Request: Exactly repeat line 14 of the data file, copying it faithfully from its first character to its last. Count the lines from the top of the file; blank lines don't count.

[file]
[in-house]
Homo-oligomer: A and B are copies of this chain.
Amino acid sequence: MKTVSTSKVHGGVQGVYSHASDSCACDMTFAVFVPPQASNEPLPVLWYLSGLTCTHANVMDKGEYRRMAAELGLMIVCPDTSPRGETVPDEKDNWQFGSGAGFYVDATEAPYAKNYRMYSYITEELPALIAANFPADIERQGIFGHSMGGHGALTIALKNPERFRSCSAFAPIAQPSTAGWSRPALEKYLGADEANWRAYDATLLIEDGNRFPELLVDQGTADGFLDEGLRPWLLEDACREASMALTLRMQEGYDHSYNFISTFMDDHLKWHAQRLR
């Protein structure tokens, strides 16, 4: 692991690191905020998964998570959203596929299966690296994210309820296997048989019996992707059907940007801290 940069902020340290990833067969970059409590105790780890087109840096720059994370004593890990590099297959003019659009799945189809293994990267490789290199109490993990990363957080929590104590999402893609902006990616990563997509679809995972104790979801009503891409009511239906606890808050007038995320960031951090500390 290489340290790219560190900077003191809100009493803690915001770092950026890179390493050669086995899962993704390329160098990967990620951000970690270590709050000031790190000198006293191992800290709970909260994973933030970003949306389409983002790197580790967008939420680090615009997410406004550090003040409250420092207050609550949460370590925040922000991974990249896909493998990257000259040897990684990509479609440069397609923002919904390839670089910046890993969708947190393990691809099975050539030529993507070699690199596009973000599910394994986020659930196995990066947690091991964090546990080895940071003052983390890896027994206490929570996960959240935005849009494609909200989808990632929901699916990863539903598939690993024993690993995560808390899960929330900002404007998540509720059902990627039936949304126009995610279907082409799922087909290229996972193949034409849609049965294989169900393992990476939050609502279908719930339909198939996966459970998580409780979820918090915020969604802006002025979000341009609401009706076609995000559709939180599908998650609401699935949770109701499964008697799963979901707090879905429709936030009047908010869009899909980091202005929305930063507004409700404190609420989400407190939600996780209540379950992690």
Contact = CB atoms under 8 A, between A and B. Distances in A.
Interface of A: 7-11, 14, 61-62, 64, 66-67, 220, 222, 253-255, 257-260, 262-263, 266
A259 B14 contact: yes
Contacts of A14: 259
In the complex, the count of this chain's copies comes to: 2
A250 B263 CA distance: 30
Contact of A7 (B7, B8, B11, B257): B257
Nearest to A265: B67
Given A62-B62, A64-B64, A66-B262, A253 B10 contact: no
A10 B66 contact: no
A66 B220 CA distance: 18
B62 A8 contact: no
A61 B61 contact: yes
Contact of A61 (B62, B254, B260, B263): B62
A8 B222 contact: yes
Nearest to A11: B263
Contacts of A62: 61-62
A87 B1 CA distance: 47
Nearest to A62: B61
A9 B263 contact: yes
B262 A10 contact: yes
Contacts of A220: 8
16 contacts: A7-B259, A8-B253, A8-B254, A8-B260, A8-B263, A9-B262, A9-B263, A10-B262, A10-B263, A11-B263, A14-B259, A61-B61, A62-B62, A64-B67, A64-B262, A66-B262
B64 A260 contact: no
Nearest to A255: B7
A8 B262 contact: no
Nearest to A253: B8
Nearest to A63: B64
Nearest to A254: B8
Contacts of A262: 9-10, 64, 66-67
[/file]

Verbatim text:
A10 B66 contact: no